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Think Beyond Future !

Programming Language

A programming language is any set of rules that converts strings, or graphical program elements in the case of visual programming language, to various kinds of machine code output.

This question can also be expressed as "Should I learn Java, Python, or JavaScript?"

To be completely honest, I was inspired to write this blog after reading Eric Von Reinhard's take on the same question in his article "The Best Programming Language to Learn in 2022? — Google Lead Developer Explains." In fact, I decided to write about it because I have a very different viewpoint on the subject, so please excuse the inspired title.

So, which one is it?

"No specific one," I say.

It makes no difference whether you start with C++, Java, Python, Javascript, or any other language. Learning a new language does not take long, and it should not be your top priority.

Programming languages are a means to an end (there I said it again!) and in practice, we tend to switch between them to get our work done.

I must admit that we have developed different "kinds" of programming languages in terms of how they are used over time. Some languages are used solely for markups, such as HTML or XML, while others are used solely for scriptings, such as shell scripts or bat scripts, and so on. Some are functional in nature, while others are not, and so on.

When switching from one "kind" to another, there may be some learning involved. Having a fundamental understanding of these "kinds" will significantly reduce the barrier to learning a new language.

Wait… So, what are we going to concentrate on?

The ability to address any given problem statement is, in my opinion, the most important skill to work on.

Can you create a web application if it's supposed to be one?

Can you improve the performance of your Android app?

You have a problem that a trained neural network could potentially solve — can you do it all?

Even if you've "never" done anything like it before! And whatever programming language is required to complete the task!

In the end, it'd all feel the same, so focus on learning new technologies, delving deeper into concepts that appear magical, and, at first, trying to explore many different genres until it all starts to look the same. Finally, choose something you're passionate about and dive deep!

Okay, but some specific suggestions would have been fantastic!

I have various recommendations for programmers at various stages of their careers.

If you are just starting to learn to code, I would recommend choosing a technology that interests you — it could be web, mobile (Android / iOS), game development, other app development, training ML models, building desktop apps, and so on.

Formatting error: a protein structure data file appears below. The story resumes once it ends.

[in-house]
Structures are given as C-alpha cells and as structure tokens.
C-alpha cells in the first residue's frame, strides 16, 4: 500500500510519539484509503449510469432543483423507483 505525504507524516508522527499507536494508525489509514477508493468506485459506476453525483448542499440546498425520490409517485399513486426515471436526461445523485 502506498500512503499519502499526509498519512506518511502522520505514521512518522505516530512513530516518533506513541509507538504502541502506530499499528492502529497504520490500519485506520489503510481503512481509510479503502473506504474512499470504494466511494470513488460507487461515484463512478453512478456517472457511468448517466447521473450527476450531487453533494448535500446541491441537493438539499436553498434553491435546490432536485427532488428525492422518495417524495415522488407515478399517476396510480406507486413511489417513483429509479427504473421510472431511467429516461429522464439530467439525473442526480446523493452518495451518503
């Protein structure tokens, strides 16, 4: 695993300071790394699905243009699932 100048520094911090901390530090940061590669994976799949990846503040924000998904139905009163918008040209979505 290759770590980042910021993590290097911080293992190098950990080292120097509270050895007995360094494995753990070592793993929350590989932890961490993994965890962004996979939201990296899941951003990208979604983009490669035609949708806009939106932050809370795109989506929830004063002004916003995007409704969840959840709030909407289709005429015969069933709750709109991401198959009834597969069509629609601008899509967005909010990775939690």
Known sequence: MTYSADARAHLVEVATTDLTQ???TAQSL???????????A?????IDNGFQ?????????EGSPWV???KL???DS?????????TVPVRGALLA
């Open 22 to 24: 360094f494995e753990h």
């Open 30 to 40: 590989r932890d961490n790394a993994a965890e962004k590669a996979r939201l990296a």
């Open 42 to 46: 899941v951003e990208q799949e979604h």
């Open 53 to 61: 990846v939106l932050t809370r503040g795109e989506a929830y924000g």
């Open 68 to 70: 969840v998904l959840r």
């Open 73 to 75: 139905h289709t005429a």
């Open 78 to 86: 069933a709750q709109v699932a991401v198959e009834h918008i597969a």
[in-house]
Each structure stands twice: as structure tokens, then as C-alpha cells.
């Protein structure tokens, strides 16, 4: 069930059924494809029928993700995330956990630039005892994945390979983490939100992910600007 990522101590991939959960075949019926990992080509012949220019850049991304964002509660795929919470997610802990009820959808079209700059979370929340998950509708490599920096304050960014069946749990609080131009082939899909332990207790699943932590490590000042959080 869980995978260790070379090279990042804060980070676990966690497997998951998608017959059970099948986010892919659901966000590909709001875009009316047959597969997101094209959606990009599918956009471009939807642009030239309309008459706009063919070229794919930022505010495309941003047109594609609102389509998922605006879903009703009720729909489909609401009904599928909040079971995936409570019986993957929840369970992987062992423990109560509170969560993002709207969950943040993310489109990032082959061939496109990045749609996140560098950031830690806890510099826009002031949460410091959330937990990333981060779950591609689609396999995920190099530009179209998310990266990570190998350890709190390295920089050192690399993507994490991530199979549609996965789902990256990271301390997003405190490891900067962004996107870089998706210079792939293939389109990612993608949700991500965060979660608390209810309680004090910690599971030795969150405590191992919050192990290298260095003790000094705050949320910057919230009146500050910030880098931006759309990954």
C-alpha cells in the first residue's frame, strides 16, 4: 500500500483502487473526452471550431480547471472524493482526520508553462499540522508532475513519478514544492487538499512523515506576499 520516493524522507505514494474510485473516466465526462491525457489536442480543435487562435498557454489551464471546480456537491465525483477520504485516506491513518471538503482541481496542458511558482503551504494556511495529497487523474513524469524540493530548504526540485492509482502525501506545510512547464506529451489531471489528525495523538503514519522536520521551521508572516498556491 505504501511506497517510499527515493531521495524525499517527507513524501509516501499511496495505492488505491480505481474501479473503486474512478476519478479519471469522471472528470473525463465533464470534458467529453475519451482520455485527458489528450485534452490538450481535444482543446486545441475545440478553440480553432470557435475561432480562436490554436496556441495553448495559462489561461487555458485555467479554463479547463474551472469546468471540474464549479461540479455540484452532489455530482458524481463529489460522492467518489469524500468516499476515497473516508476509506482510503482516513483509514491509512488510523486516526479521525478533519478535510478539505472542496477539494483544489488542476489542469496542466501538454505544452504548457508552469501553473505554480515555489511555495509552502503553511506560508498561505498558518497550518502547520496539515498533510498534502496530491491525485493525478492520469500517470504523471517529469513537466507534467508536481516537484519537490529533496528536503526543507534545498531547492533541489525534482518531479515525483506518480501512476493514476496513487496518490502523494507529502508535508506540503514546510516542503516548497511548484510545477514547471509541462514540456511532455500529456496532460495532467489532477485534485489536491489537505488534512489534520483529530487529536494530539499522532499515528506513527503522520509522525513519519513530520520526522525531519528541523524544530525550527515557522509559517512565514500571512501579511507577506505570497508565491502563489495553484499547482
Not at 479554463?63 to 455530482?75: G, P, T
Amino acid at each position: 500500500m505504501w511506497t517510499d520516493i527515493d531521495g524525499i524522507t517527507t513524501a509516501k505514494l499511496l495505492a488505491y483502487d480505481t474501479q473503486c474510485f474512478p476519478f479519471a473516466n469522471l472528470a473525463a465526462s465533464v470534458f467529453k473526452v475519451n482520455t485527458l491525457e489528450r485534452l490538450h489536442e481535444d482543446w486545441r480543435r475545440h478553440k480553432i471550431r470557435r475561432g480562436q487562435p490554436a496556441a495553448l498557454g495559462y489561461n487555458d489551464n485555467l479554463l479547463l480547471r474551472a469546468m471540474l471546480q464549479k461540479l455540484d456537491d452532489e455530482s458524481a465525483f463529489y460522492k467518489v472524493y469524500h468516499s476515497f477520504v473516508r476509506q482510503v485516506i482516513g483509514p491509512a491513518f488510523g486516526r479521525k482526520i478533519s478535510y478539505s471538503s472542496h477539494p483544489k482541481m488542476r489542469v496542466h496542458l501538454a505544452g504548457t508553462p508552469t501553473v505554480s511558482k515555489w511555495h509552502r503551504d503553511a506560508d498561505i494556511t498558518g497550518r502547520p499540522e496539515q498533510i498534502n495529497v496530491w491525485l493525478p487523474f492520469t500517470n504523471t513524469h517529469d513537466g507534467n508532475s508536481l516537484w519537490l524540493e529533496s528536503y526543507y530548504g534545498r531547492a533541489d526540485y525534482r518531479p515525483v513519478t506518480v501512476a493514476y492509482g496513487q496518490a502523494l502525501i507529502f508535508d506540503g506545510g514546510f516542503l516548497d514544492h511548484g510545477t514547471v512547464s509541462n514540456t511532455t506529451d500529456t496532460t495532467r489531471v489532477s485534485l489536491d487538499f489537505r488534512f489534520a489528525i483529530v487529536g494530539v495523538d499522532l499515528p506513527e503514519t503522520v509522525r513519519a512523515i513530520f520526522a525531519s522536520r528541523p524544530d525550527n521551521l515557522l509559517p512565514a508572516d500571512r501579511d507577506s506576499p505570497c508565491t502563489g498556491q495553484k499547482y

The trick is to pick a technology and learn the relevant languages. If possible, learn by creating random software and having a good time doing it. If at all possible, continue to question how the various forms of magic you see are actually working.

Eventually, begin delving into more fundamental concepts abstracted by the libraries you're using, such as concurrency or multithreading, databases, graphics rendering, image processing, networking, and so on.

A programme written in any language is either directly compiled to assembly instructions or to intermediate byte-codes, which are then compiled to assembly instructions for the hardware to execute. If you accept this fact, the syntaxes of the various languages will begin to resemble one another.

A specific requirement, such as "increase every array value by one," can be handled in a variety of ways:

In Python:

y = [i + 1 for i in x]
## or
for i in range(0, len(x)):
 x[i] = x[i] + 1

In JavaScript:

for (var i = 0; i < x.length; ++i) x[i]++;
// Or
var y = => ++val);
// Or
var y = Array.from(x, val => ++val);

In Go:

for i:= range x {

All of these more or less compiles :

increment(int*, int):
 cmp     w1, 0
 ble     .L1
 mov     x2, x0
 add     x1, x0, w1, sxtw 2
 ldr     w0, [x2]
 add     w0, w0, 1
 str     w0, [x2], 4
 cmp     x2, x1
 bne     .L3

What's more interesting about this set of examples is that some of them result in array copy while others do not — and I'd recommend focusing on learning more about those types of issues and their impact on the programme.

If you are experienced and proficient in certain programming languages but feel you are missing out, I would still advise you to take a step back and consider the types of problem statements that excite you. Then consider what new means to an end you need to learn.

But it was so much fun that the time spent learning didn't seem like a chore. I'd suggest looking for such directions and starting to learn whatever it takes. If you have any doubt about the above topic. Don’t hesitate to contact us. Airo Global Software will be your digital partner.

E-mail id: [email protected]

enter image description here Author - Johnson Augustine
Chief Technical Director and Programmer
Founder: Airo Global Software Inc
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